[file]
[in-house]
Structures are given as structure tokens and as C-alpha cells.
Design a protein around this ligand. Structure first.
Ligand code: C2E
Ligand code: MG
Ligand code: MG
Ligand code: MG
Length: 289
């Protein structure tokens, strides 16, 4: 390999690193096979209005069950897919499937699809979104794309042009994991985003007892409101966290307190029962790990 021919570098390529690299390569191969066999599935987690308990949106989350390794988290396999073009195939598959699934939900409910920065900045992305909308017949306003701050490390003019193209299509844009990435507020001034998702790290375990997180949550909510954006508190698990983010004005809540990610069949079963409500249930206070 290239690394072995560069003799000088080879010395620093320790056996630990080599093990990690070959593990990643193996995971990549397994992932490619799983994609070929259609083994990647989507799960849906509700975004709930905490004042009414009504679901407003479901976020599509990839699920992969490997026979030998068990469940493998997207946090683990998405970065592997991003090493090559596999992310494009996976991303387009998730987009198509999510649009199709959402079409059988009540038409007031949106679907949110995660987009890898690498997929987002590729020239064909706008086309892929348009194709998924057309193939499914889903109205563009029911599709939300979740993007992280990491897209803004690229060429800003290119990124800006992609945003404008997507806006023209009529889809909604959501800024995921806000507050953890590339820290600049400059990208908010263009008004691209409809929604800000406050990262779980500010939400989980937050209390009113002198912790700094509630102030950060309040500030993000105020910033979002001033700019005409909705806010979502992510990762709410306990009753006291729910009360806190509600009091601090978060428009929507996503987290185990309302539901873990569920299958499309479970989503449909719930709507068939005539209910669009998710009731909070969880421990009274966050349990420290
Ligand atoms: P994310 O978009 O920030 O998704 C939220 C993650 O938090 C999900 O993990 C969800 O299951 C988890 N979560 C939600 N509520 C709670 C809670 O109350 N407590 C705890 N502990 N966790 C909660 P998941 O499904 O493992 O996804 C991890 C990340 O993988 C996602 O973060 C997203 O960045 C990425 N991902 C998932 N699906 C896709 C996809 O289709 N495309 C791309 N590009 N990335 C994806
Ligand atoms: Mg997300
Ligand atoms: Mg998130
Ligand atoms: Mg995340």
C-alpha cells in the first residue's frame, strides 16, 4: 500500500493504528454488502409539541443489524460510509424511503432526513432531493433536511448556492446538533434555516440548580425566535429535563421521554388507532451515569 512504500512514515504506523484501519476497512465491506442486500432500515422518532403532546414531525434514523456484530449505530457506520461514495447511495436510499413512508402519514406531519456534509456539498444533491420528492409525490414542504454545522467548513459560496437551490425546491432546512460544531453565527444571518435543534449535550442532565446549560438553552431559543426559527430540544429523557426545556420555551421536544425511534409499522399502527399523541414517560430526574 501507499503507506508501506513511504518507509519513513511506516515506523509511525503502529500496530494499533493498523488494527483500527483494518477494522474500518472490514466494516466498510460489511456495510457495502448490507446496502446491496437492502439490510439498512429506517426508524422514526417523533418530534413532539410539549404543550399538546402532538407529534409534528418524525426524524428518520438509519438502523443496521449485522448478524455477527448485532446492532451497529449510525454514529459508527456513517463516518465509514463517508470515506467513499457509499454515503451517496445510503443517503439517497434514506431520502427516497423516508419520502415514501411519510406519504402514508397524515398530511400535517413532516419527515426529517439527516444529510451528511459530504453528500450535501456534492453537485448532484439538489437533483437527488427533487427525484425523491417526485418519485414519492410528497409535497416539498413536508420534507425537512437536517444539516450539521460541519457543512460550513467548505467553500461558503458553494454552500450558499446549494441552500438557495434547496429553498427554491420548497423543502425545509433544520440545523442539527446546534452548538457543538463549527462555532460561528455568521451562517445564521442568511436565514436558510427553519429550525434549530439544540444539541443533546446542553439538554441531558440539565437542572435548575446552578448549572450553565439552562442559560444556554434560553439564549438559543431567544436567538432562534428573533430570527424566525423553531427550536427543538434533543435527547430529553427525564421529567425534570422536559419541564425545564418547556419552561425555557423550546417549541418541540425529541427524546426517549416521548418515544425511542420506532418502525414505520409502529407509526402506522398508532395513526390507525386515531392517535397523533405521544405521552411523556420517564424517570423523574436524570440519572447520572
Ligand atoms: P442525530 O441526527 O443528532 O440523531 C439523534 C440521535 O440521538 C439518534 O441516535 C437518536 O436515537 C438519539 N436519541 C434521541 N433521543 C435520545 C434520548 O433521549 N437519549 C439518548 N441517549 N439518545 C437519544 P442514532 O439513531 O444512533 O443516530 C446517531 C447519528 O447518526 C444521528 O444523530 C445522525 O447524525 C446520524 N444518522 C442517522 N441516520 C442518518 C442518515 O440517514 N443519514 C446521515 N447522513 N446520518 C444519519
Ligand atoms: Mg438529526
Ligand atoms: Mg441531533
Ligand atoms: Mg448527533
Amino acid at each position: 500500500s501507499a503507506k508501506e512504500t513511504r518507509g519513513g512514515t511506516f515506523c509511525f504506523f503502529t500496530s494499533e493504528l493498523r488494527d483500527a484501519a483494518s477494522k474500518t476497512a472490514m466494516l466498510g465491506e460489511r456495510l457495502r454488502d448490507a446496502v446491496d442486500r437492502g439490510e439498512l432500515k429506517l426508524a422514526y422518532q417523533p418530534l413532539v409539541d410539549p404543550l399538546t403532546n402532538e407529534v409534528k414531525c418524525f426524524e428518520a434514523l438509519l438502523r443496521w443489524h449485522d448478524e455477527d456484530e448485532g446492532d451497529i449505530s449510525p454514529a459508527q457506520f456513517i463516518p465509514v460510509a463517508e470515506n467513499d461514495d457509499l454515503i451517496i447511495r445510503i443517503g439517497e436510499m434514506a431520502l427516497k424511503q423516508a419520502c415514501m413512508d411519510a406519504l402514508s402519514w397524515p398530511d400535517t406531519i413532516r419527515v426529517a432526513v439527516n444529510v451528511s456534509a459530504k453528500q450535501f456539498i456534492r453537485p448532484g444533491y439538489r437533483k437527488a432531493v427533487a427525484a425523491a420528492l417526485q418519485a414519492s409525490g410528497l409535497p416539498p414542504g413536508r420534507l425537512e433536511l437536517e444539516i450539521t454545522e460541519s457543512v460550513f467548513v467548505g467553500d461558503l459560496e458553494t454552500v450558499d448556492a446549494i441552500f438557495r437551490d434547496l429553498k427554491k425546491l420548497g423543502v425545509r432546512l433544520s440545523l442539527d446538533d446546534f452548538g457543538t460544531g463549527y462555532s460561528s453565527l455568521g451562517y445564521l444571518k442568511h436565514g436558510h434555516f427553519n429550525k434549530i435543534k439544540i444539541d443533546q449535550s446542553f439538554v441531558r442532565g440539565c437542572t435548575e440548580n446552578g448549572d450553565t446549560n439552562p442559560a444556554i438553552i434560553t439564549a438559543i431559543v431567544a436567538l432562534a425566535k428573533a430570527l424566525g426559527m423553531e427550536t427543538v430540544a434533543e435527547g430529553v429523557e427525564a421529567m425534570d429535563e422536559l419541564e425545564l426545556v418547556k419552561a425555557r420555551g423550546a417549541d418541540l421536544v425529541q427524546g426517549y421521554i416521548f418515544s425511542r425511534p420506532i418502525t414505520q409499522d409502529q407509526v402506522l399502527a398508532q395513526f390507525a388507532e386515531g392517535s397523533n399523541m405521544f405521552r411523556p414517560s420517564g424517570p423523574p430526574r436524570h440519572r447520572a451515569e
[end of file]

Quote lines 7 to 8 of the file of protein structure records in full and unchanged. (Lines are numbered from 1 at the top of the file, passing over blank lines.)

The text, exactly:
Ligand code: MG
Length: 289